The investigation into the incident cost $400,000 and it cost an additional $3.8-million to send out all of the required notifications to customers.

That’s over $4.2-million dollars just reporting it. That was enough to force Retrieval Masters to leverage most of its existing assets in order to take out a loan that it must now repay.

Then you have incoming compliance and regulatory penalties that will total in the millions, plus there have already been a pair of class action lawsuits filed and the total number of affected customers continues to grow by the day, which in turn beckons even more lawsuits.

It was enough of an existential threat that Retrieval-Masters need to take drastic action.

Let’s look at some of the other impacts from its filing with the Southern District of New York:

Lost Business

Most critically, as a result of the discovery of the data breach and its aftermath, the Debtor suffered a severe drop-off in its business. Almost immediately upon learning of the breach, LabCorp unqualifiedly and indefinitely terminated its relationship with the Debtor. Soon after, Quest Diagnostics, Conduent, Inc., and CareCentrix, Inc. which together with LabCorp were the Debtor’s four largest clients, stopped sending new work to the Debtor, and all terminated or substantially curtailed their business relationships with the Debtor.

Borrowing money to send notifications

This required more liquidity than the Debtor had available. As a result, and in order to ensure that appropriate notice of the data breach was provided to all individuals possibly affected, the Debtor obtained a secured loan from my personal funds in the amount of $2.5 million, which together with existing cash-on-hand was sufficient to fund mailing of the notices.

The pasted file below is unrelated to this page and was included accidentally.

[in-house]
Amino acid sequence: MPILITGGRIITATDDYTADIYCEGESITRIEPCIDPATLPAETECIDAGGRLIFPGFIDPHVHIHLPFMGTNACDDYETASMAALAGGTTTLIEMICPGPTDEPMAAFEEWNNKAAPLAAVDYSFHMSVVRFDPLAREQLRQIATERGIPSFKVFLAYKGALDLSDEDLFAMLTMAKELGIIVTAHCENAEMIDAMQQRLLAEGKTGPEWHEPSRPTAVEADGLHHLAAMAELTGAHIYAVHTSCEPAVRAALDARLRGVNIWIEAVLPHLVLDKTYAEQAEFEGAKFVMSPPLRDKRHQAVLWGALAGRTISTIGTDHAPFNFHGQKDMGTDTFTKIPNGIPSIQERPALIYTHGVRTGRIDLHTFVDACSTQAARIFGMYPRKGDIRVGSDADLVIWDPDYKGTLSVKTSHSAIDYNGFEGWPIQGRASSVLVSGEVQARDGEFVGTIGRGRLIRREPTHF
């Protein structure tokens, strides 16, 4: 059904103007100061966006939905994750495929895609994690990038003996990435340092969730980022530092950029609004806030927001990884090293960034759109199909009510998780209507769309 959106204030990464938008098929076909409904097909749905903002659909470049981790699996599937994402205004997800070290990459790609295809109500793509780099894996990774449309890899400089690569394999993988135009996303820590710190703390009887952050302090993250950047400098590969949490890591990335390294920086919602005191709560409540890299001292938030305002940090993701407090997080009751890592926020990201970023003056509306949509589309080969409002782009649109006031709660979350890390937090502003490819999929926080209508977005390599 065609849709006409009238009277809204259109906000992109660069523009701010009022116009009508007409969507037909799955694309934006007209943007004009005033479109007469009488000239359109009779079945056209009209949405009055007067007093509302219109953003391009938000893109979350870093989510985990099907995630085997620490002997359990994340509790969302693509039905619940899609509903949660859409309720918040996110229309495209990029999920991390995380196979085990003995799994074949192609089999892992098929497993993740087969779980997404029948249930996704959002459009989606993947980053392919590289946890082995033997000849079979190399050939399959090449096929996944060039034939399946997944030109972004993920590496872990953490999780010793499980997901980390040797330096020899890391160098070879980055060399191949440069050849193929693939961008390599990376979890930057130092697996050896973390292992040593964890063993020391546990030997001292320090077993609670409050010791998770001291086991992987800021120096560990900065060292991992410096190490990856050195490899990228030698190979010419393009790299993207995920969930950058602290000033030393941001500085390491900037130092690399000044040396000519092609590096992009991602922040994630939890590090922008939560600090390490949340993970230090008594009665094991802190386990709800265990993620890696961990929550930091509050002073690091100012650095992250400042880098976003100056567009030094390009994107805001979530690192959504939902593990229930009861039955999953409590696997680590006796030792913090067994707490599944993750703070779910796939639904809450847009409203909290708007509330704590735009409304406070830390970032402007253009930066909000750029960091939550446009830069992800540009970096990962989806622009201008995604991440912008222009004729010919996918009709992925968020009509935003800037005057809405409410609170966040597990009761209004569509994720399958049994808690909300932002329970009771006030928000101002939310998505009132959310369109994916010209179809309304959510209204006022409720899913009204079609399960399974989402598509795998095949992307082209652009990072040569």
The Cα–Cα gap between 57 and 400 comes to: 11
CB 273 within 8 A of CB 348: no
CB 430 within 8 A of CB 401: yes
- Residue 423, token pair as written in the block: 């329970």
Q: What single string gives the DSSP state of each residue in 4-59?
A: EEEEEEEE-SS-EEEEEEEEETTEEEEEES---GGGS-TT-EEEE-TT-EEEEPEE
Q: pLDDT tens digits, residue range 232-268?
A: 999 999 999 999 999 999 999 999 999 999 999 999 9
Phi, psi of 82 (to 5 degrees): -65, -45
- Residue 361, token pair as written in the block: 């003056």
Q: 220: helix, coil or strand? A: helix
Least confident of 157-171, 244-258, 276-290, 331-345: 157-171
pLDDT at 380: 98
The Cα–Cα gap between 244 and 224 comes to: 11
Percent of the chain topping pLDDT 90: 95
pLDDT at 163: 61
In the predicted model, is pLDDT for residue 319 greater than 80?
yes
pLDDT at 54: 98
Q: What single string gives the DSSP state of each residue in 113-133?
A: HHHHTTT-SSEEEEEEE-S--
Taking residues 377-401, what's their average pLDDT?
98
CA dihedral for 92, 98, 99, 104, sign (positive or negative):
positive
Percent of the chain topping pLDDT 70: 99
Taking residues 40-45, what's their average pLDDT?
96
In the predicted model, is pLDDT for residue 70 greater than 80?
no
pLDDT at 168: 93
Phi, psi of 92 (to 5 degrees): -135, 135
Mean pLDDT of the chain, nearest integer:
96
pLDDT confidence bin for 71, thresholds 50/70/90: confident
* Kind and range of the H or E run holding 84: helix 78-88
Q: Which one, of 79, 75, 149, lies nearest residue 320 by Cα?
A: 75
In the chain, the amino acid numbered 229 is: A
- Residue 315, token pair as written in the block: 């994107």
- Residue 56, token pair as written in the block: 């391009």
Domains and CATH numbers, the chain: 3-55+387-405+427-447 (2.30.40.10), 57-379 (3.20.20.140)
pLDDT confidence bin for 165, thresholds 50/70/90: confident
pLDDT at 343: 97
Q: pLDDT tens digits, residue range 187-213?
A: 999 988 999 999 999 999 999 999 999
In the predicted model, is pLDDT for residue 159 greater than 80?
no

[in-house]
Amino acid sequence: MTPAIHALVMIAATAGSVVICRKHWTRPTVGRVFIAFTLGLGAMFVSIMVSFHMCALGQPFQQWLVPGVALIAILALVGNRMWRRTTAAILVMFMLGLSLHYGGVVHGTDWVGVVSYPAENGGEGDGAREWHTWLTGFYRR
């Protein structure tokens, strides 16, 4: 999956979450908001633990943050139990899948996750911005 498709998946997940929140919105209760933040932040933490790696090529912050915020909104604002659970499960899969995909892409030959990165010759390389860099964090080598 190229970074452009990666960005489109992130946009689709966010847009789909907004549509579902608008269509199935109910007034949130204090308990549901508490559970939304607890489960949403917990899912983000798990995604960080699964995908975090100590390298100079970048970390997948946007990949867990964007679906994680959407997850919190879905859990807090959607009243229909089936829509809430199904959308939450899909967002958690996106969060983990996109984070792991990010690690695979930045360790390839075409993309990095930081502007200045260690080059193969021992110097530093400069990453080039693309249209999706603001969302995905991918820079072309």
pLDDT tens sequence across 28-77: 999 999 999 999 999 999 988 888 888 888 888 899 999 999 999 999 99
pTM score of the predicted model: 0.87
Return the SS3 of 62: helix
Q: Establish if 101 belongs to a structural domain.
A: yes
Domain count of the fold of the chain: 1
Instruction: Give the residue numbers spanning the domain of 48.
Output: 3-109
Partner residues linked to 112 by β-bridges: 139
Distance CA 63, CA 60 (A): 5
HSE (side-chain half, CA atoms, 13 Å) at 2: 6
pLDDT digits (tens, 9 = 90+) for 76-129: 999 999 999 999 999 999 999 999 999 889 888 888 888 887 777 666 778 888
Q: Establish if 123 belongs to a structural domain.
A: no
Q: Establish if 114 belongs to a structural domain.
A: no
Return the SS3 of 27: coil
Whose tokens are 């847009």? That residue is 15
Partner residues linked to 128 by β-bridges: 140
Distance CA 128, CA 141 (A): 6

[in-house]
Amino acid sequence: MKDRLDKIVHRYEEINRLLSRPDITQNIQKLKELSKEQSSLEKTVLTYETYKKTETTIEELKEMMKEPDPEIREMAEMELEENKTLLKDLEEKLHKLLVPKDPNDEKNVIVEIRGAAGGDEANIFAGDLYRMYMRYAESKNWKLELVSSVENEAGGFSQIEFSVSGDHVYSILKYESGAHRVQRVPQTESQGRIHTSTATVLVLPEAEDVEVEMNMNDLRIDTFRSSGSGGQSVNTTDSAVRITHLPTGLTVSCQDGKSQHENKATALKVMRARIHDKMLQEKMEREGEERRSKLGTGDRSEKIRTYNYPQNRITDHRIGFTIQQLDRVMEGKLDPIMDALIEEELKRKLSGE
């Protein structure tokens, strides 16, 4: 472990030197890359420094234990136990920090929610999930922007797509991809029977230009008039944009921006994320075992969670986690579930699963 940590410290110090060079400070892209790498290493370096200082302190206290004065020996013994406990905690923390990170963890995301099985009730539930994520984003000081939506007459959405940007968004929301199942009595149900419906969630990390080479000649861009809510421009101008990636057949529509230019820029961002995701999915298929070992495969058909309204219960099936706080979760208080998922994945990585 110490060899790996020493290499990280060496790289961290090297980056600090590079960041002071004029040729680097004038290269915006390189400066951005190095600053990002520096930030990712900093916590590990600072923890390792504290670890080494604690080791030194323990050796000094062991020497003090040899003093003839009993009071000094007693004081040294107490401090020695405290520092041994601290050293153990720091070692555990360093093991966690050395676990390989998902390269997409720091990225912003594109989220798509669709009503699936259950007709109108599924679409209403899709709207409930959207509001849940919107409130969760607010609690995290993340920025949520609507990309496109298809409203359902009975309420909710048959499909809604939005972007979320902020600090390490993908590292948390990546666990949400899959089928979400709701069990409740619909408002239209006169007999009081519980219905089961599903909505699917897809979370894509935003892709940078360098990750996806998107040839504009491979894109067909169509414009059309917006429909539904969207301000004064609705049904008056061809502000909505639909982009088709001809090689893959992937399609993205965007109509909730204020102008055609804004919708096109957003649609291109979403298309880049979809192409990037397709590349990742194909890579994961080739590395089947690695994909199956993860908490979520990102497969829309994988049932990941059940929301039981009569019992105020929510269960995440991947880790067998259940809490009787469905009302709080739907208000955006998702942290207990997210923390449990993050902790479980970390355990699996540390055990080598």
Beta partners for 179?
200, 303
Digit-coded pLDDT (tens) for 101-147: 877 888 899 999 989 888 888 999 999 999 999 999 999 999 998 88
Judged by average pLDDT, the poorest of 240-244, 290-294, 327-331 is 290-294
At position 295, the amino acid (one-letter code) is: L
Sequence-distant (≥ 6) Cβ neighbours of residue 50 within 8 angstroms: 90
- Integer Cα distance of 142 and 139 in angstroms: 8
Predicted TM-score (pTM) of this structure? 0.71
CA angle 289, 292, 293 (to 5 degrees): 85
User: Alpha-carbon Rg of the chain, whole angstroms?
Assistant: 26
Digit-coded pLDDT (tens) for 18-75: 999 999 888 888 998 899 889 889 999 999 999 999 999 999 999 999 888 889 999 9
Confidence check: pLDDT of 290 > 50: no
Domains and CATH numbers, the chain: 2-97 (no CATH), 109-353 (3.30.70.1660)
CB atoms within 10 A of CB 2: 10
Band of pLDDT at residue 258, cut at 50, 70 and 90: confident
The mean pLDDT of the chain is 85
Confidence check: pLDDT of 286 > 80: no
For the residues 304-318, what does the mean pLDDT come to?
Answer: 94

Mass Layoffs

In the wake of all the foregoing, including the loss its largest clients, the Debtor also had no choice to substantially reduce its workforce, from 113 employees at year-end 2018, to just 25 as of the Petition Date. The Debtor no longer is optimistic that it will be able to rehabilitate its business.

Asking permission to pay your own employees

The Debtor seeks authority from the Court to pay prepetition employee wages and satisfy related benefit obligations in the ordinary course. The Debtor’s employees perform a wide variety of functions which willbe critical to the administration of the Debtor’schapter 11 case. Without their continued, uninterrupted services, the ability of the Debtor to maintain and administer its estate willbe materially impaired.

Winding down business operations

Accordingly, the Debtor has filed the instant chapter 11 petition in order to allow it the breathing room to appropriately evaluate its pool of remaining assets and liabilities, cost-effectively respond to regulatory demands, and ultimately, to wind-up of its business in an orderly fashion through a liquidating chapter 11 plan.

Based on the available information, Retrieval-Masters would classify as a small business in the US. Again, we discuss all the time how much more dangerous these kinds of security threats are to SMBs. This is a perfect case-in-point.

Don’t let cybersecurity be your company’s Achilles heel.

Email Security Best Practices - 2019 Edition

Don’t Get Breached

91% of cyber attacks start with an email. 60% of SMBs are out of business within six months of a data breach. Not securing your email is like leaving the front door open for hackers.

As always, leave any comments or questions below…

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1 comment
  • Don’t forget the lawsuits. I joined a class action lawsuit as soon as I got the notice that my data had been compromised.

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Author

Patrick Nohe

Hashed Out's Editor-in-Chief started his career as a beat reporter and columnist for the Miami Herald before moving into the cybersecurity industry a few years ago. He also designs the visuals for Hashed Out and serves as the Content Manager for The SSL Store™.